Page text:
First Fish: How To Catch Bluegill


bluegill-1Bluegill are the ultimate beginners catch. They are a widespread species that fights hard, are typically found in large quantities, and will eat just about anything you put in front of them. These are the perfect attributes to spark a new angler’s love for the sport.

Where do you find them?

Bluegill are a prey species of fish. In simple term, their life goal is to NOT be eaten! Because of this they look for certain hiding places in the water (cover) that can give them protection. This can be a very wide range of things from man-made objects like docks and drainage pipes, to naturally occurring brush and vegetation in the water. So, as a new angler, you will arrive at your fishing destination. As you get on the little gravel path and walk towards the lake take a look down the shoreline and take note of what you see. Is there a dock? That should be your number 1 target! If you don’t have a dock look for something in the water that fits our mold of “hiding places.” Ideally you will find a tree, bush, or log somewhere within casting distance. Now you’re ready to set up shop!

What do you use?

Kid Fishing_1361So maybe you’re a kid breaking out the spider-man/Barbie pole for the first time, or maybe it’s been years since your last fishing trip and you’re knocking the dust off grandpa’s old rods. Either way it doesn’t matter that is one of the best parts of bluegill fishing! Even if you have to go break a branch off a tree and tie a line to it, you are not hindered as a bluegill angler.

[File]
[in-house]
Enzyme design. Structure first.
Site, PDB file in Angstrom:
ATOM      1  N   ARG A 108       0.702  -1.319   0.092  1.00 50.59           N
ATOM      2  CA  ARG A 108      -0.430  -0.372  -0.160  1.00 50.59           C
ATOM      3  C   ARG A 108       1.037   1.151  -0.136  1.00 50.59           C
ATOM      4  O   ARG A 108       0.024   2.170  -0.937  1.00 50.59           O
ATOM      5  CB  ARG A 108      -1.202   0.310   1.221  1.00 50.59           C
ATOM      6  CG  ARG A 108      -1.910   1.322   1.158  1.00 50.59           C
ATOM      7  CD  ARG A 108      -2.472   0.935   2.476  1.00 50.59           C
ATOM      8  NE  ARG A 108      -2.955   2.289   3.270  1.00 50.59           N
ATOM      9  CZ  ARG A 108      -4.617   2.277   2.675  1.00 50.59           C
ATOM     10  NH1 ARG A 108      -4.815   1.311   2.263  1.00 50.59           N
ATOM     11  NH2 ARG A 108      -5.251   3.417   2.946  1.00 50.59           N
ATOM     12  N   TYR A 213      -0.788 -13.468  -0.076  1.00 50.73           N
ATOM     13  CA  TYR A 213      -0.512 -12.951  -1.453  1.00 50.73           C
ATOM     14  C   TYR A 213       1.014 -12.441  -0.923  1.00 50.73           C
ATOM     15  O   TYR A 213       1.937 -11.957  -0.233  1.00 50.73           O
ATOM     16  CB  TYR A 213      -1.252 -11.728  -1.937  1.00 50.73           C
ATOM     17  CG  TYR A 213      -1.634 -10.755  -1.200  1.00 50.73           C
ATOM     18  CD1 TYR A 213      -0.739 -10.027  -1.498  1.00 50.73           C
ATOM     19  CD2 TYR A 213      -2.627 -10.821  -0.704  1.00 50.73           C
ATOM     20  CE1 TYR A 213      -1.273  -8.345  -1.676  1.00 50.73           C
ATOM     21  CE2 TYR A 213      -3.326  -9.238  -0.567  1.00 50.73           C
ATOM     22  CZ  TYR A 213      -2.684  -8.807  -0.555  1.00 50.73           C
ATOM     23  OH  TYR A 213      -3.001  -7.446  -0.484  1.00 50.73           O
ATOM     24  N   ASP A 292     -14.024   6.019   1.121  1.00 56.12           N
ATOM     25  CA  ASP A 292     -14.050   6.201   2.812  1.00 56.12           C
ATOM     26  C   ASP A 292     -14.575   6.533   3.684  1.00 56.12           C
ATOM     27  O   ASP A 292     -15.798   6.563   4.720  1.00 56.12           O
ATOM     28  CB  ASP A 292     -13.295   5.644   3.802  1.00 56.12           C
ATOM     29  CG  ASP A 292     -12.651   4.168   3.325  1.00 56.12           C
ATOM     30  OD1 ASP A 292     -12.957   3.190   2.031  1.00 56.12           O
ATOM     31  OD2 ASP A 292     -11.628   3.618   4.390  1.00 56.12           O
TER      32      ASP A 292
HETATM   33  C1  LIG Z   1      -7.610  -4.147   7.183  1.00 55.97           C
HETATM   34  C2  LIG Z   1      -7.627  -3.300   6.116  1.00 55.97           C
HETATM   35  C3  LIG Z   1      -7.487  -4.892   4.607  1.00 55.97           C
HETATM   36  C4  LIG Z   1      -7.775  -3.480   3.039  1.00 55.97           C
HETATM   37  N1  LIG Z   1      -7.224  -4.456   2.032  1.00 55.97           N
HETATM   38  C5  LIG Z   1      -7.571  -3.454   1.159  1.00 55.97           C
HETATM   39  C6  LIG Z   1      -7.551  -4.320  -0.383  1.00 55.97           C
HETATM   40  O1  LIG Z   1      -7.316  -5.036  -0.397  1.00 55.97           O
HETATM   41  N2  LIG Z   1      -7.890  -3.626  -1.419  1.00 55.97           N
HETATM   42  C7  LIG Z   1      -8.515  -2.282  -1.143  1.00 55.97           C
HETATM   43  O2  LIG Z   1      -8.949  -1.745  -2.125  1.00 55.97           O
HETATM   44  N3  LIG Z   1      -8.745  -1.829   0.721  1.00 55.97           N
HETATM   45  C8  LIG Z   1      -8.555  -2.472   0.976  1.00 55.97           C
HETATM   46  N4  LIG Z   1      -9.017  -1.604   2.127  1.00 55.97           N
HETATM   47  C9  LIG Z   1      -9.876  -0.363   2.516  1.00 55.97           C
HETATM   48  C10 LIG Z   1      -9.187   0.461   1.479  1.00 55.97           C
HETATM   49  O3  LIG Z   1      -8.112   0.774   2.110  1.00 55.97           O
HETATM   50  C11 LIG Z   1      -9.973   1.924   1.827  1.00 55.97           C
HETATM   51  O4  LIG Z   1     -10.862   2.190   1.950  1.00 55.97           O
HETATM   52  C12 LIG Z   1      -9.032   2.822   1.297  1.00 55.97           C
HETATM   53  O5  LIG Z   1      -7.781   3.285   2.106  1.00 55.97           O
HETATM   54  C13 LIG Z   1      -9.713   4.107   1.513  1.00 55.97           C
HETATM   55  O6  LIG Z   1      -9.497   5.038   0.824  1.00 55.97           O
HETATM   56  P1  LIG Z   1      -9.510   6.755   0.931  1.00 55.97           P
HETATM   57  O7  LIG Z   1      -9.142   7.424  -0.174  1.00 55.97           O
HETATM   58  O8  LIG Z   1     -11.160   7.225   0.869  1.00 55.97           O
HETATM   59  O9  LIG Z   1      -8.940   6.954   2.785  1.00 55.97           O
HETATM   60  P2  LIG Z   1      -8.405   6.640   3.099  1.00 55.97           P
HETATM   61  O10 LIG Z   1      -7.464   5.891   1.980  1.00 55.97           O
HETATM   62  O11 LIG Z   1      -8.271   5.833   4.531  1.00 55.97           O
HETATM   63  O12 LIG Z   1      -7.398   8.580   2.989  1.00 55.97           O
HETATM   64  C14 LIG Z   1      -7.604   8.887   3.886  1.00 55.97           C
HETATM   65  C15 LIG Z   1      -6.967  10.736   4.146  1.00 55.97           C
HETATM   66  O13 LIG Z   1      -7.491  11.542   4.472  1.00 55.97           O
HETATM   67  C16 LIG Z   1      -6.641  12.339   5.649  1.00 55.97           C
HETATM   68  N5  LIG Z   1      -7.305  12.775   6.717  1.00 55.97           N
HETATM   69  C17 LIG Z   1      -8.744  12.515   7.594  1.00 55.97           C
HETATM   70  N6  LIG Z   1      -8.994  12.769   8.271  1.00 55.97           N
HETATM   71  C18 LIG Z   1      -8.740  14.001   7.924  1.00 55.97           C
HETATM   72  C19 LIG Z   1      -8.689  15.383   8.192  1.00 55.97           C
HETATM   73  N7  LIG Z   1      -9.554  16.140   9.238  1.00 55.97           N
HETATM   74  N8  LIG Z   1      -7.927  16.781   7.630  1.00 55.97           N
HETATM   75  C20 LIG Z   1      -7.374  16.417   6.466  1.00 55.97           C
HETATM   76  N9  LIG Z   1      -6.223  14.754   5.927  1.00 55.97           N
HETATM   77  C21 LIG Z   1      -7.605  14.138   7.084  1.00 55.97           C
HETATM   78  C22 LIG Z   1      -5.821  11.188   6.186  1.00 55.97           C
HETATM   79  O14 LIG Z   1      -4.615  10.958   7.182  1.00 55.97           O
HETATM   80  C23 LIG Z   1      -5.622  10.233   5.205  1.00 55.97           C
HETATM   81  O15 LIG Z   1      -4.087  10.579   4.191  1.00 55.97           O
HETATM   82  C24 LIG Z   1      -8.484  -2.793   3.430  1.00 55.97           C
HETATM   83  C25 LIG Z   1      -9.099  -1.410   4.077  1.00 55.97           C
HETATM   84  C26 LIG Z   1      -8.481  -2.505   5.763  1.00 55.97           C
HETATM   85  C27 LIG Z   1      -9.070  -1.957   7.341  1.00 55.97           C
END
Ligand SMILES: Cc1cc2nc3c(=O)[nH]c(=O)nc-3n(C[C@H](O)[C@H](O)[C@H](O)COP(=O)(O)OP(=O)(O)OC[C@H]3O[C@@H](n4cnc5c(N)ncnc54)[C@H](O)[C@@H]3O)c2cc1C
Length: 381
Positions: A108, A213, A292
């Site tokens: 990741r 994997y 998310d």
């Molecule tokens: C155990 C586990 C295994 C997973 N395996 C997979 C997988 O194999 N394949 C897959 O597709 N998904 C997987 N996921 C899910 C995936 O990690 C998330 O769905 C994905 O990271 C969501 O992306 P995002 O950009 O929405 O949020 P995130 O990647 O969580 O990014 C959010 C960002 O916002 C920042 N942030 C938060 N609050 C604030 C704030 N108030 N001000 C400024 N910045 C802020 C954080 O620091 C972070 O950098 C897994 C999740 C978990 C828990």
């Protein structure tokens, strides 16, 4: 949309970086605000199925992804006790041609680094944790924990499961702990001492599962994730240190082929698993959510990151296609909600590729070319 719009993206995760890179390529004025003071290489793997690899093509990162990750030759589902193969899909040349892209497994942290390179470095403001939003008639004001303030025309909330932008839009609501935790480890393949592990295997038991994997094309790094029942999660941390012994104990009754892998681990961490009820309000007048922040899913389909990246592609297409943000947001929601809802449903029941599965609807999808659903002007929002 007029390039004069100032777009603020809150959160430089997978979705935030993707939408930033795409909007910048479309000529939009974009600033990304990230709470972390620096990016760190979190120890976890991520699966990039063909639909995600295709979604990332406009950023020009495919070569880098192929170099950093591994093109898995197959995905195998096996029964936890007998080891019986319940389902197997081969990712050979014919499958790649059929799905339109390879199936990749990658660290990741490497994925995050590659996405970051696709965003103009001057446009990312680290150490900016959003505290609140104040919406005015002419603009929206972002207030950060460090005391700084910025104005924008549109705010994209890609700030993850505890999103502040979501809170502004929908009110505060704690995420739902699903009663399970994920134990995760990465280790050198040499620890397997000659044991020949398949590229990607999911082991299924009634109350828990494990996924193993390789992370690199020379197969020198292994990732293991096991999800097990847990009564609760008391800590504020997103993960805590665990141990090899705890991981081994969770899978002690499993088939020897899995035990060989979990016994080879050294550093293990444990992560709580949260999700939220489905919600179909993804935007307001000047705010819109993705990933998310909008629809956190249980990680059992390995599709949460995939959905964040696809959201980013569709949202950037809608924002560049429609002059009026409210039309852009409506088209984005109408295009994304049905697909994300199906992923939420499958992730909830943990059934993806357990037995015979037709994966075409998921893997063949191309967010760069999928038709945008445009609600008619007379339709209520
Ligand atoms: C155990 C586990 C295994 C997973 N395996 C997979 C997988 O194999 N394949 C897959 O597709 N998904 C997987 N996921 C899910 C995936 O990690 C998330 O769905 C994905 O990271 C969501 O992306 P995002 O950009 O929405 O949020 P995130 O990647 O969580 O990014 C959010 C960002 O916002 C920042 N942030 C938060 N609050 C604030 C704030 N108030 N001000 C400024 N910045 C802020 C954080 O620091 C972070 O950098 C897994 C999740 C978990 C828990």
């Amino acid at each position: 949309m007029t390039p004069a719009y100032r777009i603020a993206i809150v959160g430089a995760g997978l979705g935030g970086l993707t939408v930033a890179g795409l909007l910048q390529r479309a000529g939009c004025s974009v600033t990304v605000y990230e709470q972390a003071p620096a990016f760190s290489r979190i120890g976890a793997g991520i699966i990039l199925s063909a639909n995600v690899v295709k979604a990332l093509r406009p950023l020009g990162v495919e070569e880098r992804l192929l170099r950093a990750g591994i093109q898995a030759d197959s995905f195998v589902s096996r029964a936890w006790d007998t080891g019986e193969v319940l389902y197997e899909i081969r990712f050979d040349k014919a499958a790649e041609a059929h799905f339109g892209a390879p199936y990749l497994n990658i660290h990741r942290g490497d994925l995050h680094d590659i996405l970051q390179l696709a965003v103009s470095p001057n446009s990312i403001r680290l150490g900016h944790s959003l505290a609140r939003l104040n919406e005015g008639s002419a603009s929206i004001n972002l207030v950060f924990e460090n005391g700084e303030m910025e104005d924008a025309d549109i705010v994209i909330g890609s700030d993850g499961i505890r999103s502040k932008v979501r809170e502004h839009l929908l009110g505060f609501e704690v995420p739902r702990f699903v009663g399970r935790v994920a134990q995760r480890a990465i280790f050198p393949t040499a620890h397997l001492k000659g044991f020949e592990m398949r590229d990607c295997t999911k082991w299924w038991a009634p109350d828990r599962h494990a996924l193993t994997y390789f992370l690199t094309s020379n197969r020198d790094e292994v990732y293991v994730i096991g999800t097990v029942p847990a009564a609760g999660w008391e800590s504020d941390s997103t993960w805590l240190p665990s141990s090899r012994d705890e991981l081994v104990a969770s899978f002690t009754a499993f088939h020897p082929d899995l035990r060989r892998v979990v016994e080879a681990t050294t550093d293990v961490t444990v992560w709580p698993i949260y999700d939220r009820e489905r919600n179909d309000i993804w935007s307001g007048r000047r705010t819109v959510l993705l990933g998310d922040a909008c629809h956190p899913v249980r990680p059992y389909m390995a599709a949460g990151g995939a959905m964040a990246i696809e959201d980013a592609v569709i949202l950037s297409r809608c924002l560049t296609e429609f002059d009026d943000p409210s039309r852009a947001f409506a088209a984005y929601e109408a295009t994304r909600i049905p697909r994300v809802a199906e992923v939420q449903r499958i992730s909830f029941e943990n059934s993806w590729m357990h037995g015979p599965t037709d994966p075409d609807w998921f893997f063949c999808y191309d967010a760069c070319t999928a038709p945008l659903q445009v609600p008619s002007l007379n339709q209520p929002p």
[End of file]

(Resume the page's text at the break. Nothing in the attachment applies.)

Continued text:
Now you’ve set up the lawn chairs and you got the rod and reel of your choice strung up, where do you go from there? You’ll start out by tying an eagle claw snap swivel to your line. You’ll open up the clip and attach either a 121 aberdeen snell or a 139 baitholder snell. Let’s talk about the benefits of each. The Aberdeen hook (121) was designed for pan fish. Their mouths are so small it is hard to get a pair of pliers in to unhook your fish, so the Aberdeen hook style was designed with a small gap and a long shank that will stick out of the fish’s mouth for easy unhooking access. This is especially ideal for catch and release fisherman to quickly get their catch back swimming in the pond. Now switching gears to the baitholder style (139), it is a standard offset j hook with two barbs along the shank. This is the basic hook shape that anyone should visualize when they think “fish hook.”

The two sliced barbs on the shank of the hook are what gives baitholder it’s name. These barbs literally hold the bait of your choice onto the hook. Now that you have some background on hook selection we can finish our rig. You will clip on a bobber above your swivel and pinch a split shot weight onto your snelled leader. Your bobber can be adjusted to control the depth that your bait sits.

Now bait, there are so many options out there so we’re going to keep it simple. The classic can of worms is a very accessible and effective bait choice when targeting bluegill. You’re going to want to break off a small chunk of nightcrawler just long enough to cover the shank of your hook. You have to remember these fish have small mouths so if you have too much warm hanging off the end of your hook, you’ll end up losing more bait than you catch fish. Now armed with this knowledge, you’re ready to go put a smile on your face pulling ‘Gills from the pond!

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If you have questions email Ethan!

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